The journey started as just a big idea in 2010 to help two Vacaville childhood friends battling a rare brain disease called Batten Disease. On the initial 2011 Run for Research, Noah completed the 132 day, 2,500 mile Run across America from San Diego, CA to Jacksonville, FL supported by a road crew and support vehicle. What began as just a local idea, blossomed into a full-fledged international awareness campaign as Noah ran for the entire Batten Disease community for children in Ireland, Canada, Australia, the U.K. and beyond. Noah met with affected families and children and completed dozens of TV and media interviews. Coughlan became just the 222nd person to ever cross the United States on foot.
Astonishingly, two years later, Noah followed up with an appropriate encore also for Batten Disease Awareness on the 2013 Run Coast 2 Coast, a 3,100 mile run from Half Moon Bay, CA to Boston, MA, by running solo and self supported and pushing a 90 pound jogging stroller with supplies.
Noah wasn’t entirely alone on his 2013 journey however. He carried a large American Flag as a symbol of unity, a symbol of hope, and as a statement that we are stronger together. He simply wanted to carry it based on his respect for the flag and love for one’s country. To Coughlan, the flag provided protection and what her stars symbolized—the heavens and the goals to which humankind aspires. His respect for his country, his unwavering patriotism, his genuine desire to serve others, and positive activism was remarkable and refreshing. As months passed and Coughlan ran, the flag became something more to him, and it quickly became a beacon of hope to the American people.
Coughlan was humbled by the generosity of people, from incredible support of families to total strangers who hadn’t even heard of the disease until then. He wanted to lift the spirit of the American people at every stop on his trip. People were ready for Coughlan’s optimism. When towns saw the flag coming, they saw inspiration coming.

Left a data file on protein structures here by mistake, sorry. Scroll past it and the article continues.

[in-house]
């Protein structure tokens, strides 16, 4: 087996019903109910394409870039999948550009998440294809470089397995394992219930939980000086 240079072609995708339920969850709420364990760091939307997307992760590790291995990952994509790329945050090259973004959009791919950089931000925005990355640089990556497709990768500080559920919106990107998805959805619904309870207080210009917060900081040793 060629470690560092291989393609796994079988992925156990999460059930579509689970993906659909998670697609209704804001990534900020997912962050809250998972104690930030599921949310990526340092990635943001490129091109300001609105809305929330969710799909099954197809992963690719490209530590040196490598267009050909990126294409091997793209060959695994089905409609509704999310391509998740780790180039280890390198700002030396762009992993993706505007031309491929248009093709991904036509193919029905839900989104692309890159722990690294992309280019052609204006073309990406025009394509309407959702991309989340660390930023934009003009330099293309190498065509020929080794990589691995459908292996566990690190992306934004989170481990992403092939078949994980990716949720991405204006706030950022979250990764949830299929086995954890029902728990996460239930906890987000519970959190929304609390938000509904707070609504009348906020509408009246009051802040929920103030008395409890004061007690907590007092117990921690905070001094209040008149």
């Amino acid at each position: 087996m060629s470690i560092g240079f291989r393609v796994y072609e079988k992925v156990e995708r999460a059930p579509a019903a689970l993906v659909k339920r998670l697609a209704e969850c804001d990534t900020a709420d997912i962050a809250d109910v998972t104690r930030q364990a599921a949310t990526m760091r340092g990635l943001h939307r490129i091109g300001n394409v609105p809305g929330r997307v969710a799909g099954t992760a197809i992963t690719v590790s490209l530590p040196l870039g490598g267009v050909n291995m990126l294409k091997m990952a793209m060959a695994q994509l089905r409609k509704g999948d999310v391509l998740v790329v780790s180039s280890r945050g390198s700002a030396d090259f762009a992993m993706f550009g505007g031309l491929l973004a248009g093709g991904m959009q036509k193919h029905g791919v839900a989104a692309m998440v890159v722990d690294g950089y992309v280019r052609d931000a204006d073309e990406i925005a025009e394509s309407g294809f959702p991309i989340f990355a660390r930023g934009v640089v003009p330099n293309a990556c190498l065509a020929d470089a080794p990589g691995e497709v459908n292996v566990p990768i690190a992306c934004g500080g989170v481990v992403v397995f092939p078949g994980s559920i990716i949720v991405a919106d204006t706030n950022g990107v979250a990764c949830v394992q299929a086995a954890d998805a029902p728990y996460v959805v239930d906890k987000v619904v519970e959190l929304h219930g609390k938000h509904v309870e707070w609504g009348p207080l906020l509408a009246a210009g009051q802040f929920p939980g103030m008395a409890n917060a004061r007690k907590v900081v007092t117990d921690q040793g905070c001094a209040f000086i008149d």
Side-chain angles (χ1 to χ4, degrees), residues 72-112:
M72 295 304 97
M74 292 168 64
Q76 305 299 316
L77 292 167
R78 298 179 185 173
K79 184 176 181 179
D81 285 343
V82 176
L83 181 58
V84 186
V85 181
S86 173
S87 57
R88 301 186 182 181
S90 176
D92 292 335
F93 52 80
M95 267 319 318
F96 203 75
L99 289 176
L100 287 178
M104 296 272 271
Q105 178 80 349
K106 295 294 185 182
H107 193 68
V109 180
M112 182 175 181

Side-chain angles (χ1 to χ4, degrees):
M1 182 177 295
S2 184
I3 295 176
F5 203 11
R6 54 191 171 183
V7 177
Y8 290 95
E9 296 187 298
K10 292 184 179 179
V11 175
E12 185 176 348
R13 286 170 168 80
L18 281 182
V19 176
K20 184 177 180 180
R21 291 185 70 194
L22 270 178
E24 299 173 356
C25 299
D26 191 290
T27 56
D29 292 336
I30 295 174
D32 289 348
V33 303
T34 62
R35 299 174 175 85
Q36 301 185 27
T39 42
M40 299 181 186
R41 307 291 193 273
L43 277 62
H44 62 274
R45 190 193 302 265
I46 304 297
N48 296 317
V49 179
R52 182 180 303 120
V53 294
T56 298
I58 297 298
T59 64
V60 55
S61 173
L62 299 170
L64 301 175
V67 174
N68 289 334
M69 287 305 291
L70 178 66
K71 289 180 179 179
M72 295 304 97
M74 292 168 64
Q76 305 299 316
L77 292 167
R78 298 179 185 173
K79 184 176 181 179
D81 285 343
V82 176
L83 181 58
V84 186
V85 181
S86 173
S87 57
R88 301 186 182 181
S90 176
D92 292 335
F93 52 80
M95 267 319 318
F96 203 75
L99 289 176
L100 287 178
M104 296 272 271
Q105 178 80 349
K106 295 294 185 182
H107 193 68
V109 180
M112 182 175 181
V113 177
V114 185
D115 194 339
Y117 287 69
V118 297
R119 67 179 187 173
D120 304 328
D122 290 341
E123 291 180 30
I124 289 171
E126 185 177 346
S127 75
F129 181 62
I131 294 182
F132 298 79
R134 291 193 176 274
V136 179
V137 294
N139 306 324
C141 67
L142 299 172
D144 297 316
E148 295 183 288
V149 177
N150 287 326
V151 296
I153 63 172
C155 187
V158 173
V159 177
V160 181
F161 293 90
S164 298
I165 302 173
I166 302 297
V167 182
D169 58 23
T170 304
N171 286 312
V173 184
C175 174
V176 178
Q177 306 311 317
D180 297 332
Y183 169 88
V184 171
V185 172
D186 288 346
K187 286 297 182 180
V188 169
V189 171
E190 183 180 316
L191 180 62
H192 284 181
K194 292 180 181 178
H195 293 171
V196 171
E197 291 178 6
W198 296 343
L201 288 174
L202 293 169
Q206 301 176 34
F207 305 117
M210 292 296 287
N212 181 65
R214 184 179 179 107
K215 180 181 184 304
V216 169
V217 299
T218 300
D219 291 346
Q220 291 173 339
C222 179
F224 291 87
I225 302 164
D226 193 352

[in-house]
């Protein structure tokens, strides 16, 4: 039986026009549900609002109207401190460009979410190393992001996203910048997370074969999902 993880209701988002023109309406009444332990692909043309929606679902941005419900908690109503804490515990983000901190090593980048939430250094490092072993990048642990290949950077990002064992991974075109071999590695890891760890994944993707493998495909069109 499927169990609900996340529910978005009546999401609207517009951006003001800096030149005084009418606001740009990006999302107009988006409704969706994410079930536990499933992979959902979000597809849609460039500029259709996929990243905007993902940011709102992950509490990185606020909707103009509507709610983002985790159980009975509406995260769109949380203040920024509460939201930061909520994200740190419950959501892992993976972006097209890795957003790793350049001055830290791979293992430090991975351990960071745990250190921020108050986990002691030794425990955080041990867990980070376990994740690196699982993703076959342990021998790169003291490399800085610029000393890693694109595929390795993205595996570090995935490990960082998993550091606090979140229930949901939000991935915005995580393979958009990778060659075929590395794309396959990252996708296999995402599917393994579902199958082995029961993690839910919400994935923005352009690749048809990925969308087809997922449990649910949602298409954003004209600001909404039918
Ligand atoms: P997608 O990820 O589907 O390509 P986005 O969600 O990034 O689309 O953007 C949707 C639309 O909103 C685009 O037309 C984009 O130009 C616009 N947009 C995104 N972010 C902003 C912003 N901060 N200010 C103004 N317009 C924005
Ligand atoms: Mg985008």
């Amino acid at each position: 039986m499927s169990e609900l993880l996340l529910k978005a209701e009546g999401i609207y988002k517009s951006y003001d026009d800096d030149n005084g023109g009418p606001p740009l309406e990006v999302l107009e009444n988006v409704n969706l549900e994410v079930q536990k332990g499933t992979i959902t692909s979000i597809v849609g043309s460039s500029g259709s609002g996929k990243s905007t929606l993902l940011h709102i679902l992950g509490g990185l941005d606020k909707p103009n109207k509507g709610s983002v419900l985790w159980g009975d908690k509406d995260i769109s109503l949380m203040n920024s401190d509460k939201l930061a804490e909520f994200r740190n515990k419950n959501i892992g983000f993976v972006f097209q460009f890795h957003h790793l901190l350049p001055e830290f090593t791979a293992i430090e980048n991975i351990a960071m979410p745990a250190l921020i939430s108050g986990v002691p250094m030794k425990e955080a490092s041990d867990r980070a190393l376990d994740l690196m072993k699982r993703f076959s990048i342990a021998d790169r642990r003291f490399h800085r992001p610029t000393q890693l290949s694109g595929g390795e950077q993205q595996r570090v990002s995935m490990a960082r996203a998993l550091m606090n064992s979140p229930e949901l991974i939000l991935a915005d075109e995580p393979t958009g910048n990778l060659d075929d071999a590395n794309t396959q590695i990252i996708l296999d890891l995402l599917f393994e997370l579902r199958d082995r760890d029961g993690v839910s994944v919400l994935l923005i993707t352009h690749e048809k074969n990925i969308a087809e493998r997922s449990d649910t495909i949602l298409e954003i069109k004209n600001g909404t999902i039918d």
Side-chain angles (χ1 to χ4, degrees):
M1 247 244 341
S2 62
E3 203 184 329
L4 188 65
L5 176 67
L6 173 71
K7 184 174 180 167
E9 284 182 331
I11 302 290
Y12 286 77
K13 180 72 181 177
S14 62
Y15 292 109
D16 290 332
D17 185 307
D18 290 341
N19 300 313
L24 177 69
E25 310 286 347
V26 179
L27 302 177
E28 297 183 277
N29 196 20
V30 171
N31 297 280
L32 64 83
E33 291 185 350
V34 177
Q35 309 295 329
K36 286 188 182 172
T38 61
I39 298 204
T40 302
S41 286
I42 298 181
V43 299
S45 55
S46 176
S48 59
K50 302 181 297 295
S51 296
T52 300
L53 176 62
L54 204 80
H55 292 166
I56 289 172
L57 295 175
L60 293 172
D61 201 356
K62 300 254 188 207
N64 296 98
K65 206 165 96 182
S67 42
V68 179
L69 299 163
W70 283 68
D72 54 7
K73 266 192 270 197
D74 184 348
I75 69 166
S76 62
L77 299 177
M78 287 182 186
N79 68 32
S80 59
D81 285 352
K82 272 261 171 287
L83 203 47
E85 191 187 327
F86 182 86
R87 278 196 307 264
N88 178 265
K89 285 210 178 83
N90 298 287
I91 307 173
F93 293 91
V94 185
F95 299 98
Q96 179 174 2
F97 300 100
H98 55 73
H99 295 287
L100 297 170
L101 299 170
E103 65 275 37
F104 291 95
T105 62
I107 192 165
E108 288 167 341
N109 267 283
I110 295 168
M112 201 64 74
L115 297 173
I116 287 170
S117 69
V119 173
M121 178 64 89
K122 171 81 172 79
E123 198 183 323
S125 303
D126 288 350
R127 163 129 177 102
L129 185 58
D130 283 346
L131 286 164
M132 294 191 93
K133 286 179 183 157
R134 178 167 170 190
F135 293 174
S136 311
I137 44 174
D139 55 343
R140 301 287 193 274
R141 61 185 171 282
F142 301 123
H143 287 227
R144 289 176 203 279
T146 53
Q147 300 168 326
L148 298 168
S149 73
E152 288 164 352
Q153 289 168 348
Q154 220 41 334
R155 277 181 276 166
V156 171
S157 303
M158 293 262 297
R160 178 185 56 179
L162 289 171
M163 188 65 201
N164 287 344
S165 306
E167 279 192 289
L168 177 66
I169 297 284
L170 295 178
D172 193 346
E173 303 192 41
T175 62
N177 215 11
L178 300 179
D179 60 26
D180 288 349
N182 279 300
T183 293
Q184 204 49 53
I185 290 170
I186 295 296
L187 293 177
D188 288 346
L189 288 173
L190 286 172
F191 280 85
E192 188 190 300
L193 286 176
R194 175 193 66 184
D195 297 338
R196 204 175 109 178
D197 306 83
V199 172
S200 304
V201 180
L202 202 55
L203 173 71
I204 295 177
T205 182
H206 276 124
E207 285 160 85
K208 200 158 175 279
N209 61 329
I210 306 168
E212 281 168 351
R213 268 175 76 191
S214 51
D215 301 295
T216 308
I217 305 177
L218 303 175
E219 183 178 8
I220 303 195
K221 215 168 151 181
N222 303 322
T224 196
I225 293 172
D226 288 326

The unscripted journey took Coughlan through America’s most hallowed grounds. In the final month, Coughlan visited the Flight 93 Memorial in Shanksville, PA. In the final week, Noah spoke to the Newtown high school students at Sandy Hook, CT. On the final day, Coughlan was honored with a large Presidential Police escort by the State of Massachusetts and Boston Police Department as they escorted him past Boylston Street and to the Atlantic. On the final step, the United States Marines Corps saluted the American Flag as Coughlan stepped into the Atlantic Ocean.
Noah ran an average of 30 miles per day through 17 States, 9 mountain ranges, and 3 deserts becoming just the 28th person to ever cross America on foot twice.
Coughlan will again be taking the American Flag, but not just any American Flag. In November 2014, on behalf of the United States Air Force, Travis Air Force Base gave Coughlan a commendation and an American Flag recently flown over Iraq from a base in the United States Central Command's Area of Responsibility. Noah proudly states in his speeches to schools and civic groups, “America is defined by Her People and their willingness to come together and lift each other up and help each other out.”
To learn more about Coughlan's efforts and the 2015 Run for Rare, please visit http://www.run4rare.org
To contact Coughlan, email at firstname.lastname@example.org
Run for Rare
Page Updated Last on: Feb 26, 2015